They reject the government’s claim to absolute power over their lives by standing against the power and gold and for a simple faith in God. And they win, simply by proclaiming the unity and radicality of a God that transcends human distortions of the oneness of creation. The market is not God, the military is not God, the nation is not God, and gold is not God. Only “God” is God.
Excursus: Josephus and the IMF
Even though the Jubilee laws existed in some form from Israel’s earliest days, the national rulers never allowed them to be implemented, and only the prophets and marginalized of the religious community spoke of them (and even then, in the guarded, disguised forms we’ve discussed). One interesting exception to that is the Jewish historian Flavius Josephus who wrote shortly after the death of Jesus. In his book The Antiquities of the Jews (Book 3 - Chapter 12.3), he goes into great detail to describe the complex rules by which people would have their debts canceled and their land returned under a declaration of Jubilee. Interestingly, his description is so ponderous and so detailed and so complicated, that in the end one wonders whether the rules were intended not to help the process but to block it. Josephus himself came from moneyed classes, and from the perspective of his class, he possibly never noticed the irony that these rules for the implementation of the Jubilee in fact kept it from being implemented. In the mid-1990s, the public uproar against what appeared to be inhumane monetary practices of the World Bank and the IMF caused the Fund to establish a program of debt relief called the “Highly Indebted Poor Country” (HIPC) initiative. In it some forty-one countries were to receive cancellations of huge amounts of their international debt loads. However, the IMF made the rules for qualifying so stringent, so complicated, so draconian, that for years very few countries received debt relief. The IMF was pushed and prodded by activists of faith and conscience, and eventually a few more countries were added to the list. Today they are pushing for even more, but every step of the way, the IMF and its friends in the finance ministries of the supporting countries have been dragging their feet and adding more rules and regulations. It is hard not to wonder if today the class blindness that struck Josephus might not also be infecting the eyes of the policy makers in the international lending institutions which monitor and control the flow of world wealth.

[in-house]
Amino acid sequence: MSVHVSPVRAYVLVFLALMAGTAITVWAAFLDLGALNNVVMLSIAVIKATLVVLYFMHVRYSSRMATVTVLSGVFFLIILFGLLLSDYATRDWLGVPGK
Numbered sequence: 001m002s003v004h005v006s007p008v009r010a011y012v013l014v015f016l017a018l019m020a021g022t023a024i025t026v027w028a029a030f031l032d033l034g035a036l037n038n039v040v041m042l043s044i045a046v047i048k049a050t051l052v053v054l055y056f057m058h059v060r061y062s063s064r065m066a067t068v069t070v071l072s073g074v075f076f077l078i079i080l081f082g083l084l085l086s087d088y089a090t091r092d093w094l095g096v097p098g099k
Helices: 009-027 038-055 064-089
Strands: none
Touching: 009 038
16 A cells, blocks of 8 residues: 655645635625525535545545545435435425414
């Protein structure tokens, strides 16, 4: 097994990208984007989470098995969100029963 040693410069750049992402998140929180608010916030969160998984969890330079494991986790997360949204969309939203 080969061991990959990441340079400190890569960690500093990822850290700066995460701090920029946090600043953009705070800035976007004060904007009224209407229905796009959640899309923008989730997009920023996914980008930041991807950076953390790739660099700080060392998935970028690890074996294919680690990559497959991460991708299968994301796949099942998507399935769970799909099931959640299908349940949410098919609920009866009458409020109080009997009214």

5. Guidance from Christian Scriptures: Acting Like It is So